Landmark turns to genetic testing to engage staff with fitness and nutrition

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In September 2014, Landmark Information Group teamed up with British cyclist Jess Varnish to engage its approximately 400 employees with health and fitness through a week-long cycling challenge, collectively cycling the distance from John O’Groats to Land’s End on exercise bikes.

To coincide with the initiative, Landmark offered staff the chance to participate in a genetically guided wellness programme. Around 70 employees took a DNAFit test, which was made available through a prize draw and further incentive schemes. The test looks at 45 gene variants associated with the body’s response to training and nutrition.

DNAFit came onsite to talk through the test results and provide practical advice on the types of exercise and diet best suited to each individual, as well as tips on how to warm up to reduce risk of injury. These sessions were held on a one-to-one basis or in small groups depending on the preferences of each participant. Educational workshops on genetics, fitness and nutrition were also available for all of Landmark’s staff to attend.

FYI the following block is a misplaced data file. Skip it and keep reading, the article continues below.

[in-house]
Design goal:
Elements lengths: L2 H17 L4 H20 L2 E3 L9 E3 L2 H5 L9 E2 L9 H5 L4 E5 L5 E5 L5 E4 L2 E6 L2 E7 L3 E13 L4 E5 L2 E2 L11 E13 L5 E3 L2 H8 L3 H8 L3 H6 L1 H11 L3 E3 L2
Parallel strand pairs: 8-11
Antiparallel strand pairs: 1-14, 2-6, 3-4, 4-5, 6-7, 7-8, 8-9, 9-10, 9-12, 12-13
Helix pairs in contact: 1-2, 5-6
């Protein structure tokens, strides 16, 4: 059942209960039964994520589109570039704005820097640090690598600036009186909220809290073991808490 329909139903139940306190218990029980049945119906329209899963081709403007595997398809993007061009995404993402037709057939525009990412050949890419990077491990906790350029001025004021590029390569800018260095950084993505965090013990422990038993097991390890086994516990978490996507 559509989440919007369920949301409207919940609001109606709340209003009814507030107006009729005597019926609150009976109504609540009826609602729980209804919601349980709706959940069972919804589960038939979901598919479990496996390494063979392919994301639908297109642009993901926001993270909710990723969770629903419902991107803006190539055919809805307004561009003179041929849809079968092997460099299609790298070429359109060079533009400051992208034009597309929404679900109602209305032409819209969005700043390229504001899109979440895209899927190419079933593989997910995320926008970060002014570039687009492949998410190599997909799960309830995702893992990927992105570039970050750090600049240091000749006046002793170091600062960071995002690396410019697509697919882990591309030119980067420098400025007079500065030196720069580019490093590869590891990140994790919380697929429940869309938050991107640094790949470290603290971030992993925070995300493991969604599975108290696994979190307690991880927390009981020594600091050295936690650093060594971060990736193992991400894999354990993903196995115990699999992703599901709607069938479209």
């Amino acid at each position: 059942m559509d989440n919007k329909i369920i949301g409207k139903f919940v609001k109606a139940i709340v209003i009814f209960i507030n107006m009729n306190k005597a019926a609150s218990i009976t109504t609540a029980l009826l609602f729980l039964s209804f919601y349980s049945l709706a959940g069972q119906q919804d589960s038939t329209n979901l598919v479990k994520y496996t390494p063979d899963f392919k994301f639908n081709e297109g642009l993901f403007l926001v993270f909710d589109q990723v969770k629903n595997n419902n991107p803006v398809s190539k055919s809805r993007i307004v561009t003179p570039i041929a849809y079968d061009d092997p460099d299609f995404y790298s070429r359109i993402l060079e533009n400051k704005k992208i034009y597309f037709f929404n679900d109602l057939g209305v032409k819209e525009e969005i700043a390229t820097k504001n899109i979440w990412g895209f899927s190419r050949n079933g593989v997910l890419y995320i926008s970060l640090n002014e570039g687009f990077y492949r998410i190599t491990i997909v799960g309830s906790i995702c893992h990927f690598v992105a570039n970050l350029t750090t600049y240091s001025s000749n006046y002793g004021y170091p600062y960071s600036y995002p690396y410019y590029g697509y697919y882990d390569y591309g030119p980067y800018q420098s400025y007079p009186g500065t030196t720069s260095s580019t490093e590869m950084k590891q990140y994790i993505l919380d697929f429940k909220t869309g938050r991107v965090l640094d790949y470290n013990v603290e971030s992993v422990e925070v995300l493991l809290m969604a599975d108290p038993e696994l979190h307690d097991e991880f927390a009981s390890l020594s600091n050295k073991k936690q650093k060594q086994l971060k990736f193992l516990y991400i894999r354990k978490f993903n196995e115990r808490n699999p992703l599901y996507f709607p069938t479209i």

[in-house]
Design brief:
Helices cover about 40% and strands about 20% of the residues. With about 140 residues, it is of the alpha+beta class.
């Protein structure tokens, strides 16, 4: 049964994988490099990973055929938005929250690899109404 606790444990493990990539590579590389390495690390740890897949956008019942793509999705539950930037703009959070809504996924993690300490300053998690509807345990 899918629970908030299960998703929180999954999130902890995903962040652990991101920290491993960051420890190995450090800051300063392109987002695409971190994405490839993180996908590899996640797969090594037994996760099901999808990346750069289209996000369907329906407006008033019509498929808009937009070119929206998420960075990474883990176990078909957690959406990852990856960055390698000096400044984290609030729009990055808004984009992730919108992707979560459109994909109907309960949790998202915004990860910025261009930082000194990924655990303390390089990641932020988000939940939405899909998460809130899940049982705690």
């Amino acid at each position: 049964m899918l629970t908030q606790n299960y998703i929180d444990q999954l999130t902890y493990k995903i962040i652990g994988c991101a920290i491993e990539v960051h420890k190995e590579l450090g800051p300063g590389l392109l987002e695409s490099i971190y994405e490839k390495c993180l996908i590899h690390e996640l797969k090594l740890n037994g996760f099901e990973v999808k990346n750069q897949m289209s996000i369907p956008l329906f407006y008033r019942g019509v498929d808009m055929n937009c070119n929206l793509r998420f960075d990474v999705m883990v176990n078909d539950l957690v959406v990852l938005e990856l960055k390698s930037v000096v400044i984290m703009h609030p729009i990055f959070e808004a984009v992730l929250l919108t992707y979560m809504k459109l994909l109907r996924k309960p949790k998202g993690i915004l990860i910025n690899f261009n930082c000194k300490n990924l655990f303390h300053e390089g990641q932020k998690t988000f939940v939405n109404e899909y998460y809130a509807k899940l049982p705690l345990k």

Jacki Norbury, marketing and corporate responsibility champion at Landmark Information Group, says: “Health and wellbeing has always been a focus at Landmark, and as well as encouraging a healthy lifestyle, it’s also about trying to think of ways to engage staff and to help them become more proactive.”

The testing programme and workshops were communicated to staff through an email campaign ahead of the bike week, and the initiative was also discussed by Landmark’s chief executive officer during a monthly soap-box talk. Landmark informed staff what the programme entailed and explained that the process was confidential, with all results correspondence conducted directly between the participant and the provider.

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Six months after the initiative was introduced, a survey of participants found that 80% had a higher awareness of their health and wellbeing. Norbury adds: “Two-thirds of those tested confirmed that they had made changes to their diet and over half had modified their existing exercise regime. The programme was good for educating those that were just starting out with exercise but also for those who had been doing exercise for a long time, by giving them some tips on how to modify it.”

Landmark plans to run another bike challenge in 2016, which will include extending the genetically guided programme to more members of staff.